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Alexa voice control is launched for LG 2019 TV


LG's 4K TVs 2019 will fulfill their comprehensive voice control promise.

LG has announced that it will introduce Amazon Alexa support for its full 2019 AI TV offer in the US this month. The update for devices in Europe and Asia should be made in the coming weeks.

As with the existing integration of LG TVs with Google Assistant, Alexa is fully integrated with the operating system of the TV so that users do not need an external Alexa device to interact with the TV through voice commands. The update will be implemented through the Alexa app on LG's ThinQ AI devices, which includes the company's complete 8K and 4K OLED and LCD TVs for this year.

The Alexa functionality you may be familiar with provides users with over 90,000 Alexa skills to ask questions, perform tasks, and easily control their voice and TV and other Alexa smart home products. LG has developed its ThinQ AI conversation speech recognition technology to enhance this experience as well.

The Korean giant has also confirmed that its 2019 OLED and selected LCD televisions will receive the promised mid-year AirPlay 2 and Apple HomeKit support at any time. While second-generation AirPlay media can be sent from the smartphone to the TV at the touch of a button, HomeKit allows you to control your TV via the Siri or Home app.


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Healthy dog ​​put down because owner wanted to be buried together | US news


A healthy dog ​​was put down because of her owner.

Emma, ​​a Shih Tzu mix, which euthanized two weeks after arriving at a shelter in Chesterfield County, Virginia on 8 March.

Her owner had died and wanted to be hereditary.

Staff at the shelter where they were in agreement with the executors of the hope of convincing them so they could have been adopted.

Carrie Jones, the manager of the animal services, said: "We did suggest they could sign the dog over numerous occasions because it's a dog we could easily find a home for and re-home."

According to WWBT in Richmond, Va., The dog was taken to a vet, euthanized and the ashes were placed in and returned to the woman's estate.

The process is legal in Virginia, by a law which came into force in 2014. But cemeteries have to allocate a separate part of the land for pets, and they can not be in the same niche as humans.

Other states allow pets to be buried with owners.

The shelter offered to have the dog adopted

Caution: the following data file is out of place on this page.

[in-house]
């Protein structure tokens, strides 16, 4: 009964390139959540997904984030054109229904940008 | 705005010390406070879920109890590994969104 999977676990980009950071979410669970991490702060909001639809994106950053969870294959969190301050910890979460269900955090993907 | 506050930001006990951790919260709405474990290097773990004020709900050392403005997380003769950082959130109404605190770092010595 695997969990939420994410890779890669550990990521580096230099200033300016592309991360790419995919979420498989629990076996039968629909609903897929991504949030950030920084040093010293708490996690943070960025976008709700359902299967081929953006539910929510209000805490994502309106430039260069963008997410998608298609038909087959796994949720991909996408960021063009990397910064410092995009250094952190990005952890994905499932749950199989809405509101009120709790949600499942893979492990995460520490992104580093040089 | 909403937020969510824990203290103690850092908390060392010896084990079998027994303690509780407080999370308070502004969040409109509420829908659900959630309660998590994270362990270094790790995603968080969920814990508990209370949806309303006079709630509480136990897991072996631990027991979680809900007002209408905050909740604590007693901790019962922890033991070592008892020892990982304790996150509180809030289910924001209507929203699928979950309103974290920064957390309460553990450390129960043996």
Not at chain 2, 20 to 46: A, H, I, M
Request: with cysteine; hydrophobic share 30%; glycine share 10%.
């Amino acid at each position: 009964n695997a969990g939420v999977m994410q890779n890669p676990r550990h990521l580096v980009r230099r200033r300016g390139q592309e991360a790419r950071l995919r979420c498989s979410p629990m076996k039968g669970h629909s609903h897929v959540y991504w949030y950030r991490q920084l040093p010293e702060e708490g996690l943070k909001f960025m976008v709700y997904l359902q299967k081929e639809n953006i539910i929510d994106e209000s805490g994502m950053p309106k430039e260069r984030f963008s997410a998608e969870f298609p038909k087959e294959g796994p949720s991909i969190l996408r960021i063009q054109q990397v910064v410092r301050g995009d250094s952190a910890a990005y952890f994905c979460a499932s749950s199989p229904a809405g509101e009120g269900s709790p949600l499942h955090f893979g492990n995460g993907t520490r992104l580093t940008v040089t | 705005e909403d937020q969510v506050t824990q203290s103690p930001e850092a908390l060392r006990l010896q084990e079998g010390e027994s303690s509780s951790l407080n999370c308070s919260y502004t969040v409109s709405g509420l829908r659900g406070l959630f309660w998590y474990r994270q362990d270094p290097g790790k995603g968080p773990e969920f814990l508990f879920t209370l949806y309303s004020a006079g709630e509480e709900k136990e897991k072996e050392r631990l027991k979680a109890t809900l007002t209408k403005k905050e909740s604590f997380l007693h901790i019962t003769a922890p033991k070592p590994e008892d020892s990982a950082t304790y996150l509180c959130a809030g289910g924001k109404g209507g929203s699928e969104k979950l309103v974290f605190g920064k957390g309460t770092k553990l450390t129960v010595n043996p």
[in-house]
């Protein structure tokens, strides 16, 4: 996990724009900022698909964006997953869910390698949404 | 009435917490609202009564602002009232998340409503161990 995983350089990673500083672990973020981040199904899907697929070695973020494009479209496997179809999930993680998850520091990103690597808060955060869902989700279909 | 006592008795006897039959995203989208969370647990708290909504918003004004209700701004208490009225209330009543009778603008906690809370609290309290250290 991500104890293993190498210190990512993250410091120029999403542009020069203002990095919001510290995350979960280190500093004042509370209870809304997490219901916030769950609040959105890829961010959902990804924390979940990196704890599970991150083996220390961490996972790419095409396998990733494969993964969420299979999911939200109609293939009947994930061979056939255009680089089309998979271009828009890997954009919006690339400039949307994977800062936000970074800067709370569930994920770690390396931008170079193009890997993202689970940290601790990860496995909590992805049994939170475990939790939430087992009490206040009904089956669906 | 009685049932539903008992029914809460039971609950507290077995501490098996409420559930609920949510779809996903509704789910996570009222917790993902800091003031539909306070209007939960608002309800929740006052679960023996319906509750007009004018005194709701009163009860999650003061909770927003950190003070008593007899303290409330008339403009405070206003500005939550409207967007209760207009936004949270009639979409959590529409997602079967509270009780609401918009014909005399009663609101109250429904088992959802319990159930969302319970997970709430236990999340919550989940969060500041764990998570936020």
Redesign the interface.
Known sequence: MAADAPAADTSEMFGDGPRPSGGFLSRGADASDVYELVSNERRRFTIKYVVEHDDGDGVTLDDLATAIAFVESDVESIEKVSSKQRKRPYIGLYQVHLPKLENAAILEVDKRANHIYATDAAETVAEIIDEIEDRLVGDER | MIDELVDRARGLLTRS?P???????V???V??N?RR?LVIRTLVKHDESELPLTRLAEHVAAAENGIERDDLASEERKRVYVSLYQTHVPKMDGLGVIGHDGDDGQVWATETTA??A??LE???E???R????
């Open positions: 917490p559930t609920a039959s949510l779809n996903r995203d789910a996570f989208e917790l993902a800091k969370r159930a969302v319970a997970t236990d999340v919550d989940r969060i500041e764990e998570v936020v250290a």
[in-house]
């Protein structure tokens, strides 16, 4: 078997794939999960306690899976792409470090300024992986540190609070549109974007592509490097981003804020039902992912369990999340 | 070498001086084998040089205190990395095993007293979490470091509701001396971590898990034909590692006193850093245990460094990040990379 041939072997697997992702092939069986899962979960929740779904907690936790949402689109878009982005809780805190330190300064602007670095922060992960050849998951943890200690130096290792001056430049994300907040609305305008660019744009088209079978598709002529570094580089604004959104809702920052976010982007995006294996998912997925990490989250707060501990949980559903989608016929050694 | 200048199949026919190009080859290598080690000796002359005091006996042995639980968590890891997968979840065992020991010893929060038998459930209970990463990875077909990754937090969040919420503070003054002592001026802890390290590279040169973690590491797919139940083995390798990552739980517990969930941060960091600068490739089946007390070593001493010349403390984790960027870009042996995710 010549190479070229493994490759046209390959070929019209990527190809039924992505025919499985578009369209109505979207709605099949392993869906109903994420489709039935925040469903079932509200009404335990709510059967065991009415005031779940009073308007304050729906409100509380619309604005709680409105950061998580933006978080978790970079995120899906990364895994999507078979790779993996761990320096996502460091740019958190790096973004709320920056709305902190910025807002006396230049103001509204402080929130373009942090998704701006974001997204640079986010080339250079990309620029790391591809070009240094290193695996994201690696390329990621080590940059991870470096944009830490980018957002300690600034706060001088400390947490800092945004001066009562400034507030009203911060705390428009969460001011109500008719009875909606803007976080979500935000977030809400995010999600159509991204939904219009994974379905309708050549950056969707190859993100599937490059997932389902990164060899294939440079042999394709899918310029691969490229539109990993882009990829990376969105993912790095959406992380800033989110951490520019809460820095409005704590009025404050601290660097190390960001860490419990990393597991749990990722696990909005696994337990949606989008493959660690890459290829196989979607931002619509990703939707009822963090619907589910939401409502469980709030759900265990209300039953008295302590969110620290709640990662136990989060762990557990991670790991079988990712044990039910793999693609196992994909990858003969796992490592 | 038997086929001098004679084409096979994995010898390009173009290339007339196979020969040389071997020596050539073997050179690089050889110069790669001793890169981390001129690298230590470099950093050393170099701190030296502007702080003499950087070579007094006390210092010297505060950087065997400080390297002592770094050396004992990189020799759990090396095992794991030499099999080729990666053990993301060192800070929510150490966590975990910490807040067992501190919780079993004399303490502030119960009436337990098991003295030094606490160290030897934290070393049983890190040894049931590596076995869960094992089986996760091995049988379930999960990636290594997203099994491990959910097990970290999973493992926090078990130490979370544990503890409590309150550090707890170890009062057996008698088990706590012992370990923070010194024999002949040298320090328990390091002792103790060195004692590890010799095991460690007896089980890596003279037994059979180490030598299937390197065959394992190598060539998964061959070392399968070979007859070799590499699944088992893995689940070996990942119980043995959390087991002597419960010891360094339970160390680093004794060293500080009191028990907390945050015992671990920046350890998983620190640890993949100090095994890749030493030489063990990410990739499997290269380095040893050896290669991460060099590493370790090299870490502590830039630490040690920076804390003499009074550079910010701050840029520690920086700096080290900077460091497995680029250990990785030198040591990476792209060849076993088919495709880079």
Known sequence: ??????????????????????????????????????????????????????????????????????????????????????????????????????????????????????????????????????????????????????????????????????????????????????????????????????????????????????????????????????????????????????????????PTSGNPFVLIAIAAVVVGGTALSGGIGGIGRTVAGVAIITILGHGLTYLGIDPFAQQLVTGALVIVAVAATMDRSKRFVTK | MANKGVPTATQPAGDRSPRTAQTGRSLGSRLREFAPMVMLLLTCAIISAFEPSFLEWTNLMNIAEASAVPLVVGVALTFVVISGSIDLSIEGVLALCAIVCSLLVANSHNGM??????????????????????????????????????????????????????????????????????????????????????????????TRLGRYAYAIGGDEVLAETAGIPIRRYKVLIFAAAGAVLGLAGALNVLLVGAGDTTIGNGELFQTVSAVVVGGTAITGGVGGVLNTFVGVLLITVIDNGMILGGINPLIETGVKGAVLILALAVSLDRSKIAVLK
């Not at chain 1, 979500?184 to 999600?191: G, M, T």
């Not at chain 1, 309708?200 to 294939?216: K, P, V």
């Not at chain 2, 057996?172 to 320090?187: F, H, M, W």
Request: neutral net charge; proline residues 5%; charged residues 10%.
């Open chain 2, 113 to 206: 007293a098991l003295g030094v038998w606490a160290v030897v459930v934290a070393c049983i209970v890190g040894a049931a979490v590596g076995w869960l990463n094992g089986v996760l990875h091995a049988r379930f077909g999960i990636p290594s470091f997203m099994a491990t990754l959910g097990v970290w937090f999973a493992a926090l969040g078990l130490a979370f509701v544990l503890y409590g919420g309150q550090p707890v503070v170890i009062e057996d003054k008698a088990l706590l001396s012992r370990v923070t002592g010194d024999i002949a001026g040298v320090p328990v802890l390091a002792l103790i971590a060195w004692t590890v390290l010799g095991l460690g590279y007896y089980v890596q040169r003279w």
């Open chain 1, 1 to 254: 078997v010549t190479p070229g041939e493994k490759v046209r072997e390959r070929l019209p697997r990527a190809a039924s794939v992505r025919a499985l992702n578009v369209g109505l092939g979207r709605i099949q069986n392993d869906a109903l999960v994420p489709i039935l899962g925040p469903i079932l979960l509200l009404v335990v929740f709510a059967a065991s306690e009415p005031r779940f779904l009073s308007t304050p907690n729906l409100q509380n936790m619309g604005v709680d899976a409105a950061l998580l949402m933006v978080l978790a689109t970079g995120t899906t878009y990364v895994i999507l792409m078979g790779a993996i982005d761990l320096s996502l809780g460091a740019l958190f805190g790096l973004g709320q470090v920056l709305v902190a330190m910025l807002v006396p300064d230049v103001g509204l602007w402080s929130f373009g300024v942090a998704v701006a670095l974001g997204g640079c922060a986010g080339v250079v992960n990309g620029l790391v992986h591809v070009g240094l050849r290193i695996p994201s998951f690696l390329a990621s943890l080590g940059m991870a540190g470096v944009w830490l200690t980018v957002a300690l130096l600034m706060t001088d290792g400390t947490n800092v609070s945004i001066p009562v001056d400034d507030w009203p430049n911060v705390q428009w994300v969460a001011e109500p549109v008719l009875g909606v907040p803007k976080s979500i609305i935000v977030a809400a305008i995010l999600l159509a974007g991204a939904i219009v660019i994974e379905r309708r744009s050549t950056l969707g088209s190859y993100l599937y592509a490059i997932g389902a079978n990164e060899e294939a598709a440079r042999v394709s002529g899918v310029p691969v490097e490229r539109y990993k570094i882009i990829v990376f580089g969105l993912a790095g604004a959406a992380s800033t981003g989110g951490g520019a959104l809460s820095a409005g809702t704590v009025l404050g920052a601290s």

The shelter offered to have the dog adopted

Speaking to AP, Dr Kenny Lucas said he would not do it, but admitted it was an emotional decision.

Larry Spiaggi, president of the Virginia Funeral Directors Association, said it was an abhorrent.

He told WWBT: "It's not legal to put a dog's cremated remains – or any animal – in a casket and bury them."

The state is to address the problem.

Lloyds boss called before MPs for pension payments | business


António Horta-Osório, CEO of Lloyds, was called before MPs because he was able to raise £ 419,000 per year in addition to his base salary of £ 1.3m due to executive pension payments.

The Labor and Pension Committee and the Corporate, Energy and Industry Committee headed by Frank Field and Rachel Reeves have called both the Chairman of the Board and the Chairman of the Remuneration Committee of Bank Stuart Sinclair to address questions to the Board of Directors Parliament to judge summer break.

Lloyds has been a beacon of criticism of executive pension payments that critics say are little more than additional "back door" wages. British companies are increasingly under pressure to downsize and pay only the pensions offered to other employees.

Horta-Osório currently receives £ 419,000 or 33% of his basic salary in cash as a pension, while ordinary Lloyds bank employees receive a pension contribution of only 13%. Two other executives – the chief operating officer and the bank's chief financial officer – receive cash equivalent to 25% of their salary, purportedly to be used for their retirement savings.

Horta-Osório's total compensation package last year, including bonuses and other incentives, was worth more than £ 6m.

Last week, MEPs accused the bank of offering a "litany of apologies" for the gap between executive and employee pensions.